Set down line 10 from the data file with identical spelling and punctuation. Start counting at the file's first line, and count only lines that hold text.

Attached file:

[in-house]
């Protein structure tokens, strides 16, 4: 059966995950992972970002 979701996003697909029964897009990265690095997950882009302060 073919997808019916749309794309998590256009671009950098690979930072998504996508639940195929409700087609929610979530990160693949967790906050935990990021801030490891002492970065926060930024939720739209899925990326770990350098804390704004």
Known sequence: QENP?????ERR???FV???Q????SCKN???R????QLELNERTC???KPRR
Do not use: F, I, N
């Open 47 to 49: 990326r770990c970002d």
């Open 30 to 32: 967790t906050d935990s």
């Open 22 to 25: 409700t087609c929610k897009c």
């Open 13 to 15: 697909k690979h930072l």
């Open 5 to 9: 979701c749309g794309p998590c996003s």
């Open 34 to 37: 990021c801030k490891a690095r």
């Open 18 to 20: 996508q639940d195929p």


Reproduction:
């Open 34 to 37: 990021c801030k490891a690095r």